Brochure-ware: When Physician Websites Fail Miserably
Healthcare marketing professionals cringed at the news in our earlier post, Little Blue Book Blues: Doctors Think Their Website is a Failure. It’s a gut-wrenching awareness that only 8 percent of physicians feel their website is the source of new patients.
Hopefully, your website has a significantly better track record. But another survey tells us why many medical practice websites fail so miserably. It seems that many doctor websites are nothing more than what is disdainfully referred to as “brochure-ware,” an online dump of rudimentary information.
“Doctor’s websites are woefully lacking when it comes to serving patients,” observes the MedCity News. “Physicians’ websites are more 'electronic brochures' than online health resources.”
Among several hundred urologists, orthopedic surgeons and other practices analyzed in three major cities, MedCity reports that:
- 69 percent of these physicians have websites but only 33 percent of them have anything more than biographical and practice information on it;
- Only 99 have information centered around patients such as medical conditions and treatment options; and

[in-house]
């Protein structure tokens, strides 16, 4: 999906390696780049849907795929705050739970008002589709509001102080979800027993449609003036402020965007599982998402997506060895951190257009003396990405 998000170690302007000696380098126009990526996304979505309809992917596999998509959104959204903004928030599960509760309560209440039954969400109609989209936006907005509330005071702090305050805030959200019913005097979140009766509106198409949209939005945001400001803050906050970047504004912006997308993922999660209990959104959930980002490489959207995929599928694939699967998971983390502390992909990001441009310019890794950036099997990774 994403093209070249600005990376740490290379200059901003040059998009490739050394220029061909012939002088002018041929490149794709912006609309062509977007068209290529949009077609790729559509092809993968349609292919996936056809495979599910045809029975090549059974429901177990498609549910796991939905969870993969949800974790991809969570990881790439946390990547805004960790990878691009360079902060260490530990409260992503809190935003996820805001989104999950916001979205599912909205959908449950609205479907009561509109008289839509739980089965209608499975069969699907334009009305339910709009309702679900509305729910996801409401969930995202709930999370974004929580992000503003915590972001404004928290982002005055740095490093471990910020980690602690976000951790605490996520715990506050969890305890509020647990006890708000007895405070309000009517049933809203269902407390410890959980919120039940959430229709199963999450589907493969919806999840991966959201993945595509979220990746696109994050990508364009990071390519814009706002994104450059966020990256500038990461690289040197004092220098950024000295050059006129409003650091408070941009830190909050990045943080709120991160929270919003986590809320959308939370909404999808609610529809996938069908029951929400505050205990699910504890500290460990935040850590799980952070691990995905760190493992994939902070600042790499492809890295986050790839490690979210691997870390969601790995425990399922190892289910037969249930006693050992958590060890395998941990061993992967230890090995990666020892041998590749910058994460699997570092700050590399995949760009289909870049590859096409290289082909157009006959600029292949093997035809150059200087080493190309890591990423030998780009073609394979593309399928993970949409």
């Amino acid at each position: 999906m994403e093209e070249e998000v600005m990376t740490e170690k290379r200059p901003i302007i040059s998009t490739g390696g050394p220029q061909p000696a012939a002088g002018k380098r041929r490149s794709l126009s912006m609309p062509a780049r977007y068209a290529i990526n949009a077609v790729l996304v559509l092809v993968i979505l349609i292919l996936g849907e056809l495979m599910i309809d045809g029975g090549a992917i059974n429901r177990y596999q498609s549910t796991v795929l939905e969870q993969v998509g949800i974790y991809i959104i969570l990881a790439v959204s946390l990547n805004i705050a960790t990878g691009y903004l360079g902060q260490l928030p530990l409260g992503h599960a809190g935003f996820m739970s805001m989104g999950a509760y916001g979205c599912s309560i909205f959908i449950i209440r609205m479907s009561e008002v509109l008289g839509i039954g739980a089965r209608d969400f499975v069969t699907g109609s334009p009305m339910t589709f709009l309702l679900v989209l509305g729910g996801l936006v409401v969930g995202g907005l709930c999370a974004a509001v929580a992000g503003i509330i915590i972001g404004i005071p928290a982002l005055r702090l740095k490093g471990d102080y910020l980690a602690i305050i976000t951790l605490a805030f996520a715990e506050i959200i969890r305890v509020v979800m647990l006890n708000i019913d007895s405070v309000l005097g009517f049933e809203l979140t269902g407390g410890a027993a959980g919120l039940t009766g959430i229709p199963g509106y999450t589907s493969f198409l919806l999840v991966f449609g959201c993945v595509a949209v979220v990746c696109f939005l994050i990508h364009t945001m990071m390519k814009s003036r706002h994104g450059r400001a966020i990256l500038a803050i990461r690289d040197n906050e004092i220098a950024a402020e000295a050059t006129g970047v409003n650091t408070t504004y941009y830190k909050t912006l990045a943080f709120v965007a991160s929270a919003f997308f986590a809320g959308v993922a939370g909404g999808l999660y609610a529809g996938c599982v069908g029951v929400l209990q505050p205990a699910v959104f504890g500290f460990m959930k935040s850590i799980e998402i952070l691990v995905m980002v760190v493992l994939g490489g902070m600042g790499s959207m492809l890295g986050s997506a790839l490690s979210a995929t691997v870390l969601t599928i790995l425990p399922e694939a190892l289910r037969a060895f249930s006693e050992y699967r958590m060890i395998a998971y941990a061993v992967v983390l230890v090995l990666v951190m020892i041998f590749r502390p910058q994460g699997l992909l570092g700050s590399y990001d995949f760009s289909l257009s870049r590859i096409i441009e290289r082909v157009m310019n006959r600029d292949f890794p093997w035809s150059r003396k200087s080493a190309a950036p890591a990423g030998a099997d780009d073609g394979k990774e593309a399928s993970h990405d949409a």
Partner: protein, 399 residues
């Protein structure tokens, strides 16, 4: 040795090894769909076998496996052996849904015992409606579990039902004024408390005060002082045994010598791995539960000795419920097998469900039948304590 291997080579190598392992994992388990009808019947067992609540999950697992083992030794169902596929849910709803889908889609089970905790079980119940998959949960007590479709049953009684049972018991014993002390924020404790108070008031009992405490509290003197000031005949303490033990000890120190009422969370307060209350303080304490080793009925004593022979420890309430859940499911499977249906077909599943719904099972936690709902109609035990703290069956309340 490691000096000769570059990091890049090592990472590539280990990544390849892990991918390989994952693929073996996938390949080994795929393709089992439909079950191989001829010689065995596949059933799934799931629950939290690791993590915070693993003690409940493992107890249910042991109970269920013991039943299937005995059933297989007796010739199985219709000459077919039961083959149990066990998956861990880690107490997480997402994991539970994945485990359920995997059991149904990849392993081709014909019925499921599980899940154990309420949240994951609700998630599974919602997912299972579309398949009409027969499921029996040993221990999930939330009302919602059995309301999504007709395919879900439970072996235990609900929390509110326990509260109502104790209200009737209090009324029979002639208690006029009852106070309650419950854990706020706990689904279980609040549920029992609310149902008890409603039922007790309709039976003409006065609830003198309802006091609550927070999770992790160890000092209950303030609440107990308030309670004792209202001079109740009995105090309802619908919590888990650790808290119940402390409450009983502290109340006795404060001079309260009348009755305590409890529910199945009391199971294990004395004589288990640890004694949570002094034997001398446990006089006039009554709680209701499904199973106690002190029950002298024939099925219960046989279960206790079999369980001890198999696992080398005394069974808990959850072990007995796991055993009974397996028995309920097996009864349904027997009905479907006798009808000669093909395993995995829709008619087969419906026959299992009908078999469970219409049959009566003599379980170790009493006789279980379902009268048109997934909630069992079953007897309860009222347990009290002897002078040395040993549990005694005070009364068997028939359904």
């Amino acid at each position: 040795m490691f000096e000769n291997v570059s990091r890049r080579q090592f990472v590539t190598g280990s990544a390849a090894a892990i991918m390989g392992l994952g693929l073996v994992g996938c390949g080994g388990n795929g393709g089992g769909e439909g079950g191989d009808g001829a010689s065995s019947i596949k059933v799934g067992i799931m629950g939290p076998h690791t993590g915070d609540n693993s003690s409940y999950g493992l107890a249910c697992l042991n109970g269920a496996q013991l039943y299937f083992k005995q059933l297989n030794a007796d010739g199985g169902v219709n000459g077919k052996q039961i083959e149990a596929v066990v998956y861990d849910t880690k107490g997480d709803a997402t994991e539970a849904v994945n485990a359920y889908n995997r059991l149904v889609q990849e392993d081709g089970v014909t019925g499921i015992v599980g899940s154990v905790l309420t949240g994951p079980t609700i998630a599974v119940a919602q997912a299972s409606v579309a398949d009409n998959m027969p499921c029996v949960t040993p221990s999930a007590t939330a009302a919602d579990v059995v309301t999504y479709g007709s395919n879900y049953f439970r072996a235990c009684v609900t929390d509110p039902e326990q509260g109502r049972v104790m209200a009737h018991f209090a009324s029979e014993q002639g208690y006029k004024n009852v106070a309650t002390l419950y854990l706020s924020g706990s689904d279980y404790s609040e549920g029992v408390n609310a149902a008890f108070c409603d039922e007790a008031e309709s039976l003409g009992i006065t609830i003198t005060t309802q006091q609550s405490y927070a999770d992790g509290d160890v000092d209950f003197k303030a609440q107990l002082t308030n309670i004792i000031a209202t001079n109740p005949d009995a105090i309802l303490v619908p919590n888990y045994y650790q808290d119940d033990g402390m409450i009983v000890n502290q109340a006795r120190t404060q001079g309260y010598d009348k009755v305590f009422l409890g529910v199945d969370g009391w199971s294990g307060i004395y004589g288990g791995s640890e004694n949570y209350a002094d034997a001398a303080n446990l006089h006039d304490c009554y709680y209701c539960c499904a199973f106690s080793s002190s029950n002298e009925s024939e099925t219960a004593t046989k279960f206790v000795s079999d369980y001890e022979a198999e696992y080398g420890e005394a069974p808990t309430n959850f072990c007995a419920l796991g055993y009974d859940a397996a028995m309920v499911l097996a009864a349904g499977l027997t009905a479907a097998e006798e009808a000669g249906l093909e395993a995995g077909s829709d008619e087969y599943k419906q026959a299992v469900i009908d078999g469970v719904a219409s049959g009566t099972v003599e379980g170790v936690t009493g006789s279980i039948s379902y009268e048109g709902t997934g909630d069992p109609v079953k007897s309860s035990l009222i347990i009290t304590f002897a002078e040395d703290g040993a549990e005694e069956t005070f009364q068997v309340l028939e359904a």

- Four percent—only 12 doctors—made at least one blog posting in the past 12 months to inform patients on trends and research.
Sadly, this snapshot tells us, from a marketing perspective, that many medical practices are turning their digital backs on the well-documented fact that most prospective patients look online for healthcare information and provider resources. (Some practices evidently have no website at all.)
The “minimalist” approach of posting a CV, a dash of “brochure-ware” text, and (hopefully) some contact information is woefully inadequate for today’s informed, involved and computer-centric healthcare consumer.
If it’s possible to make things worse, this “set-and-forget” includes website content that is seldom updated, likely to appear low on Search Results ranking and be devoid of compelling reasons to trust or even contact the provider.
Provider practices that regard their Internet presence as an electronic version of their printed brochure (or, in some cases, their business card) are driving prospective patients to a competitive practice that effectively engages, informs and attracts new patients.
So, for those physicians who think their website does little to attract new patients and fails to support their business development goals, one reason is that a brochure and a website are distinctly different marketing tools. To read more on this subject, and what to do instead, see: 4 Website Design Mistakes That Sabotage Healthcare Marketing.